One-Man Band Series, #14: Two Tears

One-Man Band Series, #14: Two Tears

With a sound straight from the garage, Two Tears is one part indie rock, one part alterna-pop, and two parts punk, along with a few other less obvious styles. She is all attitude, this talented one-woman band, with a thrift store fashion sense and a rather down-to-earth manner about her.

- James G. Carlson

posted April 4, 2011

Despite its name, the one-man band movement isn't exclusive to one gender. It is, admittedly, a male-dominated realm of independent and underground music, though there are a handful of notable female singer/songwriters involved as well. One such songstress is the very lovely and talented Kerry Davis, whose one-woman band project Two Tears has seen a fair amount of success in recent years.

With a sound straight from the garage, Two Tears is one part indie rock, one part alterna-pop, and two parts punk, along with a few other less obvious styles. She is all attitude, this talented one-woman band, with a thrift store fashion sense and a rather down-to-earth manner about her. Also, with her fiery and slightly raspy vocals, her raw chord progressions and sharp note patterns on electric guitar, and her well-timed kick drum work, Davis has indeed created her own signature sound. In fact, hers is a sound somewhat reminiscent of the early to mid '90s underground alternative scene, before the corporate mainstream music machine took notice of what bands like Sonic Youth, Mudhoney, The Pixies, and Dinosaur jr. were doing, ate it up and spat it out as a ripped off and highly commercialized product for suburban teenage consumers. In other words, it was at that very moment that the genre was utterly and conclusively ruined, with a large portion of a generation singing about what teen spirit smelled like, sitting comfortably on their parents' living room sofas and raging against the machine, imaging what it would be like to get caught stealing, and listening to Green Day's Billie Joe Armstrong welcome them to paradise. Undeniably, it was a sad time for music, save for that which remained independent and kept itself deep in the underground, playing to a dedicated scene of individuals at various all-ages venues, and holding true to the ethics of important, meaningful and worthwhile music. But, as I've already said, Davis's sound is reminiscent of this past genre when it was at its very best, combined with her own original style and devil-may-care attitude.

Actually, it was in the '90s that Kerry Davis got her start in the LA all-girl band The Red Aunts, whose time together was marked by a good deal of success...as such bands in such scenes go, anyway. Later she teamed up with Mick Collins of The Gories and The Dirtbombs for a project called The Screws, and then joined Beehive and Barracudas, which featured San Diego musicians from such notable bands as Rocket From the Crypt, Hot Snakes, Burning Brides, and Pee Chees. When all of that was said and done, Davis formed her Two Tears endeavor, which had a full band lineup at first. After releasing a full-length album in 2004 titled "Enjoy Yourself," she simply packed her bags, relocated to Paris, France, and began her rock'n'roll adventure as a "one-lady band," as she refers to herself.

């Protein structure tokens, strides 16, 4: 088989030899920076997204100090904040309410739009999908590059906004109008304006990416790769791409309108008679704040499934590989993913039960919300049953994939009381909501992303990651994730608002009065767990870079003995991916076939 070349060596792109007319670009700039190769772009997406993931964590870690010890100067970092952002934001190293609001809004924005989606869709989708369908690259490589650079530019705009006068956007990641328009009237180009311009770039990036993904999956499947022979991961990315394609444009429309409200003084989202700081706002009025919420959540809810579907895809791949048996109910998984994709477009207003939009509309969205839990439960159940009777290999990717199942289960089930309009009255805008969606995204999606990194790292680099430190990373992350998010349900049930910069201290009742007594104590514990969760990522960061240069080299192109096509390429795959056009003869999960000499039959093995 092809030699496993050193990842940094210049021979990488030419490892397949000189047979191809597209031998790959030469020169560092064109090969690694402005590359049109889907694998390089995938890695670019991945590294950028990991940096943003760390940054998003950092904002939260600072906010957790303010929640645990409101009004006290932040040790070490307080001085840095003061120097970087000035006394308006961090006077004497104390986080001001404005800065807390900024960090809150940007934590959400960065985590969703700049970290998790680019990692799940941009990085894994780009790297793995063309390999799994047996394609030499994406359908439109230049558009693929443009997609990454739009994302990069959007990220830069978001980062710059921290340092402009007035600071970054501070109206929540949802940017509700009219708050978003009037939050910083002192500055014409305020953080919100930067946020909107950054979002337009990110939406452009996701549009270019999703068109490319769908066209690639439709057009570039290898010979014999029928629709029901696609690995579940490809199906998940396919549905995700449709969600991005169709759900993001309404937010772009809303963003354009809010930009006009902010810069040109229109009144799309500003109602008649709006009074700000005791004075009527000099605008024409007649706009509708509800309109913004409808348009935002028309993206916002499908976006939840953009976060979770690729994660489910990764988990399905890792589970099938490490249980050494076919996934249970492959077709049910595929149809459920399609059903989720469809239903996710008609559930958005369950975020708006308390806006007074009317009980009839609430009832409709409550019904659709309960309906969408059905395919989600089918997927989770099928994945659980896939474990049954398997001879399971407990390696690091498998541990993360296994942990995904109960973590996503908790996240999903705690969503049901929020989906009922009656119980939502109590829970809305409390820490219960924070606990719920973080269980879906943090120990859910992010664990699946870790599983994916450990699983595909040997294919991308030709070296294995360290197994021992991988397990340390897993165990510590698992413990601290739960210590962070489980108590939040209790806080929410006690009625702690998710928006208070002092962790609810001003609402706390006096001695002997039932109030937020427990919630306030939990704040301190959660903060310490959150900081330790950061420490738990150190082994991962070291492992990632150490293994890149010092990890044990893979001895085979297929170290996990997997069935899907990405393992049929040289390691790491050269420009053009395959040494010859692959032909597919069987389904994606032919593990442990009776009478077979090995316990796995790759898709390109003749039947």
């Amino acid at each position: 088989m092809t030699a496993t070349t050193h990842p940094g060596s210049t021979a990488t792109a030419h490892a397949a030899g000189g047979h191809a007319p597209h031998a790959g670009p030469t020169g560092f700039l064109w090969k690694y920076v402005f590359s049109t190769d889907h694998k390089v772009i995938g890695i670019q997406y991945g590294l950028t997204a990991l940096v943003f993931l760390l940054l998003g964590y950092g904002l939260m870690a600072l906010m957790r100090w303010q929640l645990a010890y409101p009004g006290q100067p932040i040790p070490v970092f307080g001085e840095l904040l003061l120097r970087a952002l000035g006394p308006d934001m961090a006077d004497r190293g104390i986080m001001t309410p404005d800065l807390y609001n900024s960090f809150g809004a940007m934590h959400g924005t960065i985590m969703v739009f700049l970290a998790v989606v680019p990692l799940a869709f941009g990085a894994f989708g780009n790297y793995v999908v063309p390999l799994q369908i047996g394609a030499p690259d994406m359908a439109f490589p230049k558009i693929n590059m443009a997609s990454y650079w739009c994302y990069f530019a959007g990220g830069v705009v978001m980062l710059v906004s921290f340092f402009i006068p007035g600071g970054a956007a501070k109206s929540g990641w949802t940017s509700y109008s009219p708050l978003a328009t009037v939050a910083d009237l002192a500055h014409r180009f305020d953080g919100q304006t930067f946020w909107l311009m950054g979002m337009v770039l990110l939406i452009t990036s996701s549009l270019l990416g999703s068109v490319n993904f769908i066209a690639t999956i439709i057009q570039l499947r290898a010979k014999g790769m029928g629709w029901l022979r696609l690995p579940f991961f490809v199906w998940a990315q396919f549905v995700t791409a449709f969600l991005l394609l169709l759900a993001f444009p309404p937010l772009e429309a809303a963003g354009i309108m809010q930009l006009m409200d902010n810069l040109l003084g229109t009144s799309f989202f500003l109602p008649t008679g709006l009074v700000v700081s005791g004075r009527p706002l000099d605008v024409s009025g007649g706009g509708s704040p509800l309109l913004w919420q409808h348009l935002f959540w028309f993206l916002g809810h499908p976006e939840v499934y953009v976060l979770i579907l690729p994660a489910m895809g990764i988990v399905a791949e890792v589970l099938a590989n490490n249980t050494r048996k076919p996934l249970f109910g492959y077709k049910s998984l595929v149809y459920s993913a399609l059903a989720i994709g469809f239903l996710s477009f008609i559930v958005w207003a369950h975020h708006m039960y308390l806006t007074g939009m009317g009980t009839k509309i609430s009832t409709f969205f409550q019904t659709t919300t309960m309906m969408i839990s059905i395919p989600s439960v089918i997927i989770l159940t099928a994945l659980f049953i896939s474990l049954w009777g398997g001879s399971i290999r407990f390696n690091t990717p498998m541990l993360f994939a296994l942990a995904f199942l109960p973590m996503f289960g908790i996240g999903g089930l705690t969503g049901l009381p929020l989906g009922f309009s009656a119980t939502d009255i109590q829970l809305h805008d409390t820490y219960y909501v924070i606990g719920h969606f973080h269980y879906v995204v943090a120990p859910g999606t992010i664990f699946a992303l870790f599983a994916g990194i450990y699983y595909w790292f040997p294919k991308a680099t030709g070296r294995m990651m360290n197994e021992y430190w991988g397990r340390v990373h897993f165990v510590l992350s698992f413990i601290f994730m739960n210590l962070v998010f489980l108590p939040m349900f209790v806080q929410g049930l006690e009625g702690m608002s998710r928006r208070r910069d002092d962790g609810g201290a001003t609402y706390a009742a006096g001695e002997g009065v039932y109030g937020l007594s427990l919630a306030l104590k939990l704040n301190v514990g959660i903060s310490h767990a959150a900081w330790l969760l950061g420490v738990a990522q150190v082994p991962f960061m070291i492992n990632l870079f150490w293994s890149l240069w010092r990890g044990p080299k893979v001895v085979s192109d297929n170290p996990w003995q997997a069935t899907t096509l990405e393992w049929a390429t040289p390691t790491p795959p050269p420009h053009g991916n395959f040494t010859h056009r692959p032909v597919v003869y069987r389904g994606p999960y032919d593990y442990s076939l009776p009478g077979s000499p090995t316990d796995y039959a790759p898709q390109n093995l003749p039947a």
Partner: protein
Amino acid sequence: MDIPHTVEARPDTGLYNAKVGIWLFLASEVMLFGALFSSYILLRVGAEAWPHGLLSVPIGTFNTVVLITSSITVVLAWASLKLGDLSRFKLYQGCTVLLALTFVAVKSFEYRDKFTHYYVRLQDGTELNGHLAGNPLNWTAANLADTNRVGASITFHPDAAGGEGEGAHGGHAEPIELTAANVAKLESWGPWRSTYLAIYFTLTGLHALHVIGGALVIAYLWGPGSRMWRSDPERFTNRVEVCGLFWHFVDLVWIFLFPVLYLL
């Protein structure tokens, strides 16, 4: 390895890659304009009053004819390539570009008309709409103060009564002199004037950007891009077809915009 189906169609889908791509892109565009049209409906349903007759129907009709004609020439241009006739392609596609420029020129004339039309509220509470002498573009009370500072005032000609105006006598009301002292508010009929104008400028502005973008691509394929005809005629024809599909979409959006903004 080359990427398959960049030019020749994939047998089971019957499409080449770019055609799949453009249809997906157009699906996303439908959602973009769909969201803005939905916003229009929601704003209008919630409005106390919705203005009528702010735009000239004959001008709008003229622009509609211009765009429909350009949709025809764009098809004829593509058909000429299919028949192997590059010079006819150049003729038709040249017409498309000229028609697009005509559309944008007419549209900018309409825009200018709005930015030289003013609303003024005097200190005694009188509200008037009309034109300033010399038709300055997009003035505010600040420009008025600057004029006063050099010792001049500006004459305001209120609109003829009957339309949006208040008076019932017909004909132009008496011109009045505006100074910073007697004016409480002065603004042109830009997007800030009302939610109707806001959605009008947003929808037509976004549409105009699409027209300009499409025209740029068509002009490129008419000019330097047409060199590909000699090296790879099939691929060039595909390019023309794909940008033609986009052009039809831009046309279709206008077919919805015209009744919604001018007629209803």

Since then she resided in Dubai for a time. She toured Europe extensively in support of such bands and singer/songwriters as The Donnas, Mark Sultan, and Dan Sartain. She appeared in Adam Clitheroe's remarkable documentary "One Man in the Band." She released a second full-length Two Tears album and two 7" pieces of vinyl. At present, Davis lives in New York City, where her music is surely quite at home.

Recently I had both the opportunity and pleasure of interviewing Kerry Davis of Two Tears. What follows is the content from that interview in its entirety.

For the interviews involved with this particular series I routinely begin in an introductory fashion, so as to provide the reader with a better understanding of the artist with whom I am working. With that said, I would like to ask: Who is Kerry Davis (aka Two Tears), not just as a singer/songwriter but also an individual, a human being of this mad, mad world in which we live?

Haha. I am a female human being back in New York City for the past two and a half years. Before that I was bopping around Europe and living in the Middle East. I like animals, going out to dinner and being nice to people. Or really fake mean to make my friends laugh. I make some art, collages and printing. I've been playing electric guitar for about eighteen years, and other instruments, such as drums and keys, but poorly. I speak French. I like thrift stores. And Pedro Almodóvar movies sum up my philosophy on life.

How about a little history of your project Two Tears?

The Two Tears started right after September 11th, when I moved from Los Angeles back to New York where I grew up. I had a bunch of songs on my four track after my last band the Red Aunts broke up. I started playing with some guys I knew from home, they recorded the first record with me, and ever since the line-up has changed depending on where I go and who can come with me. I think there has been about twenty to thirty different people in the Two Tears. Whatever needs to be done to continue to play out. I started playing as a "one lady band" years ago, when a drummer didn't show up to practice. Drums were my first instrument, I knew I could play a beat on the kick drum that wasn't only in 4/4, and I just went for it!

As a talented and driven one-woman band in a musical movement that is clearly rather male-dominated, what has been your personal and artistic experience?

I think I've had more opportunities as a female in the scene because it's more interesting to watch women than men. We're different. There are less of us and therefore it's more special. Of course, if I weren't any good, it wouldn't matter what my sex was. I think people like me because I wear my heart on my sleeve and have a stripped-down setup with only a guitar and kick drum with a tambourine taped on top of it. Most of my songs are about heartbreak, as I am playing rock'n'roll and that's kind of the formula..."ooo, baby" and all that.

The only time being a woman was a problem was when I was touring alone through Europe and I was concerned for my safety, riding trains at night and trying to find clubs in dark corners. Normally promoters really help and take care of me. I always get the best bed or room on tour as the only chick.